A 59-year-old man presented via ambulance with acute onset of back pain and confusion that rapidly progressed to diffuse abdominal pain, out of proportion to exam. He denied any diarrhea or bloody stools but history was largely limited due to agitation and confusion. Initial vitals were temperature 36.1° C, pulse 92, respirations 28, blood pressure 172/78, and O2 saturation 99% on room air. Bowel sounds were present without focal tenderness. Rectal exam was without evidence of blood. He was agitated but moving all limbs and responding with yes or no answers to questions. Per chart review, his past medical history was significant for CAD s/p CABG, DM2, HTN, and blindness. He was last seen in the ED 3 years ago and discharged on his prior home regimen that included metformin. Creatinine at that time was 1.6. He was fluid resuscitated, cultured, and started on IV antibiotics in the ED; IV hydromorphone was also administered.
Early labs were significant for WBC 13.7, bicarbonate of 6 with anion gap of 30, BUN of 71, creatinine of 11.6. Follow up labs included a lactic acid of 15.5 with ABG of pH of 6.72 and a pCO2 of 12.8. CT without contrast revealed 7 cm appendix with minimal soft tissue stranding around appendix and cecum with minimal bladder wall thickening, possibly suggestive of early appendicitis. Nephrology and General Surgery were consulted. Central venous catheter was placed and 2 amps bicarbonate followed by continuous infusion was administered. Over the course of the night, patient’s vitals became unstable, with MAPs <65 necessitating initiation of vasopressors. Additionally, mental status declined with patient non-responsive to sternal rub prompting intubation.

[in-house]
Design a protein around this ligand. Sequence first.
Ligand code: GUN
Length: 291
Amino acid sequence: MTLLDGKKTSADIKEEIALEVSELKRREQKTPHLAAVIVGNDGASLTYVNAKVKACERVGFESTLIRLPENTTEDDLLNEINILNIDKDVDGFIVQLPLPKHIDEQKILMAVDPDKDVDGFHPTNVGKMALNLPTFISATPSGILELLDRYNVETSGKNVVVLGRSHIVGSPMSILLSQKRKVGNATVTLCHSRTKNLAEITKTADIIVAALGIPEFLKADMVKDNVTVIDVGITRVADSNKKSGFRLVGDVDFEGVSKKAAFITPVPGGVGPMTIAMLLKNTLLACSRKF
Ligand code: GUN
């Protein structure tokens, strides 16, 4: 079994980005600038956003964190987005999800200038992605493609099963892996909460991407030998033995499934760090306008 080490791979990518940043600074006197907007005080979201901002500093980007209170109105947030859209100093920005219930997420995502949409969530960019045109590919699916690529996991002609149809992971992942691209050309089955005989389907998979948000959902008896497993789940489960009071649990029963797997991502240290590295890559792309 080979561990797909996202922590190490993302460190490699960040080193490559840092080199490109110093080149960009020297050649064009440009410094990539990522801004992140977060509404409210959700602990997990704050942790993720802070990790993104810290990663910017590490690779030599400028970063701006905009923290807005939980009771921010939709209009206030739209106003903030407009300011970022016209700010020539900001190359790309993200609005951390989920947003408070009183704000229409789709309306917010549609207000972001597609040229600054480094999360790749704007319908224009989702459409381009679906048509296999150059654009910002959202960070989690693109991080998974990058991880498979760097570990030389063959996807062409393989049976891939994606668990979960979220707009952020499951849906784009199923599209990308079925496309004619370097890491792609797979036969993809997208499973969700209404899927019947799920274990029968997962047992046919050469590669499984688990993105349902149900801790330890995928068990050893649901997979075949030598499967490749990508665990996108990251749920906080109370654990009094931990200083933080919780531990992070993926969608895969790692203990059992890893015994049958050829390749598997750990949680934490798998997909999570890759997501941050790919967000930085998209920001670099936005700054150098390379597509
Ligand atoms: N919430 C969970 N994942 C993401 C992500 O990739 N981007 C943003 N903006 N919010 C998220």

Patient was taken to OR for emergent ex-lap given concern for mesenteric ischemia; however, surgery was negative. He was dialyzed that morning, with eventual improvement in his vital signs and metabolic acidosis. He was diagnosed with metformin toxicity due to worsening chronic kidney disease.
Due to widespread prevalence of diabetes, hospitalists and internists frequently prescribe metformin. Metformin decreases insulin resistance and improves peripheral glucose uptake. This medication is absorbed in the intestine and excreted in the kidneys. In chronic kidney disease, metformin can accumulate in the body. Metformin should be discontinued with Cr 1.5 in men and 1.4 in women to prevent toxic effects of metformin. The major toxicity of metformin is lactic acidosis. Concurrent heart failure or liver disease may put patients at higher risk for lactic acid accumulation.
Buildup of lactic acid has a dual mechanism: (1) anaerobic stimulation of lactate production by intestinal cells with (2) defective lactate elimination by the liver (due to inhibition of mitochondrial respiratory chain complex 1, which leads to less hepatic gluconeogenesis from lactate). Of note, given that lactic acid is not due to under perfusion or ischemia, levels may correlate differently with severity of disease than ones caused by sepsis. Liver dysfunction is a more accurate predictor of mortality in these cases than lactic acid levels. In mild cases or as a temporizing measure, bicarbonate replacement can be provided. Definitive therapy of metformin toxicity is dialysis, which allows correction of the metabolic acidosis and removal of metformin.
This case illustrates a rare side effect of a commonly prescribed medication. Metformin toxicity can lead to lactic acidosis and is more likely to occur with chronic kidney disease.